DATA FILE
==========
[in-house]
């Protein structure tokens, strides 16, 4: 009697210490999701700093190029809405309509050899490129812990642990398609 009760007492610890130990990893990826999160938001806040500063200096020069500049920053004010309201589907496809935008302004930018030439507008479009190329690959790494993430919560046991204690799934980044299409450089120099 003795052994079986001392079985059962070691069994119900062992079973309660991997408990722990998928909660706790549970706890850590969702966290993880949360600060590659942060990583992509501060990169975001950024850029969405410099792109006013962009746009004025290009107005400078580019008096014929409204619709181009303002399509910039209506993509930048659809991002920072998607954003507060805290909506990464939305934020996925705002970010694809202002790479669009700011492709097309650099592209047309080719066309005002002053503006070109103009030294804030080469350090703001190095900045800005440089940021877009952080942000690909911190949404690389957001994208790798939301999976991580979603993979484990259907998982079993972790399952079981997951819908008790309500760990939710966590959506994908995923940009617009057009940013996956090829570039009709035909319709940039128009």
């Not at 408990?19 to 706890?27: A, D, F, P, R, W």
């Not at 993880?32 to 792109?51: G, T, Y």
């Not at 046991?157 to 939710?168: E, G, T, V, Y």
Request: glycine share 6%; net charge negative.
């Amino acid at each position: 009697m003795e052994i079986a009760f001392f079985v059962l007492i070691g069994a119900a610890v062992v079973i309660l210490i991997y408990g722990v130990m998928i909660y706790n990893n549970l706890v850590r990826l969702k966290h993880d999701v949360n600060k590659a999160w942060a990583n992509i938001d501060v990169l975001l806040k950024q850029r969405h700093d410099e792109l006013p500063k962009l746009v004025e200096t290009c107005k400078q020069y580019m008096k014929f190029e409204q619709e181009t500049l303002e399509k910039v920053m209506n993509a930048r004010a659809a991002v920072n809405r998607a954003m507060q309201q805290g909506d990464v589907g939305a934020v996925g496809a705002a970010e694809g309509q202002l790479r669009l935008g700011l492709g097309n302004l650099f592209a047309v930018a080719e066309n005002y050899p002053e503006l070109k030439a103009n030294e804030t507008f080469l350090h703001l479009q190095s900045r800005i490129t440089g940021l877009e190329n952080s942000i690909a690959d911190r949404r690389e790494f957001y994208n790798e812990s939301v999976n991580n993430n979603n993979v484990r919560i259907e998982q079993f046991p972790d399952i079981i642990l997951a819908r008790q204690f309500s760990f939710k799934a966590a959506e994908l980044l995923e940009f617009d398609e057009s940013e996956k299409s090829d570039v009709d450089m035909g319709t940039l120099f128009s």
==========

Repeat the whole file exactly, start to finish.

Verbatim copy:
[in-house]
């Protein structure tokens, strides 16, 4: 009697210490999701700093190029809405309509050899490129812990642990398609 009760007492610890130990990893990826999160938001806040500063200096020069500049920053004010309201589907496809935008302004930018030439507008479009190329690959790494993430919560046991204690799934980044299409450089120099 003795052994079986001392079985059962070691069994119900062992079973309660991997408990722990998928909660706790549970706890850590969702966290993880949360600060590659942060990583992509501060990169975001950024850029969405410099792109006013962009746009004025290009107005400078580019008096014929409204619709181009303002399509910039209506993509930048659809991002920072998607954003507060805290909506990464939305934020996925705002970010694809202002790479669009700011492709097309650099592209047309080719066309005002002053503006070109103009030294804030080469350090703001190095900045800005440089940021877009952080942000690909911190949404690389957001994208790798939301999976991580979603993979484990259907998982079993972790399952079981997951819908008790309500760990939710966590959506994908995923940009617009057009940013996956090829570039009709035909319709940039128009």
């Not at 408990?19 to 706890?27: A, D, F, P, R, W």
């Not at 993880?32 to 792109?51: G, T, Y």
């Not at 046991?157 to 939710?168: E, G, T, V, Y």
Request: glycine share 6%; net charge negative.
């Amino acid at each position: 009697m003795e052994i079986a009760f001392f079985v059962l007492i070691g069994a119900a610890v062992v079973i309660l210490i991997y408990g722990v130990m998928i909660y706790n990893n549970l706890v850590r990826l969702k966290h993880d999701v949360n600060k590659a999160w942060a990583n992509i938001d501060v990169l975001l806040k950024q850029r969405h700093d410099e792109l006013p500063k962009l746009v004025e200096t290009c107005k400078q020069y580019m008096k014929f190029e409204q619709e181009t500049l303002e399509k910039v920053m209506n993509a930048r004010a659809a991002v920072n809405r998607a954003m507060q309201q805290g909506d990464v589907g939305a934020v996925g496809a705002a970010e694809g309509q202002l790479r669009l935008g700011l492709g097309n302004l650099f592209a047309v930018a080719e066309n005002y050899p002053e503006l070109k030439a103009n030294e804030t507008f080469l350090h703001l479009q190095s900045r800005i490129t440089g940021l877009e190329n952080s942000i690909a690959d911190r949404r690389e790494f957001y994208n790798e812990s939301v999976n991580n993430n979603n993979v484990r919560i259907e998982q079993f046991p972790d399952i079981i642990l997951a819908r008790q204690f309500s760990f939710k799934a966590a959506e994908l980044l995923e940009f617009d398609e057009s940013e996956k299409s090829d570039v009709d450089m035909g319709t940039l120099f128009s």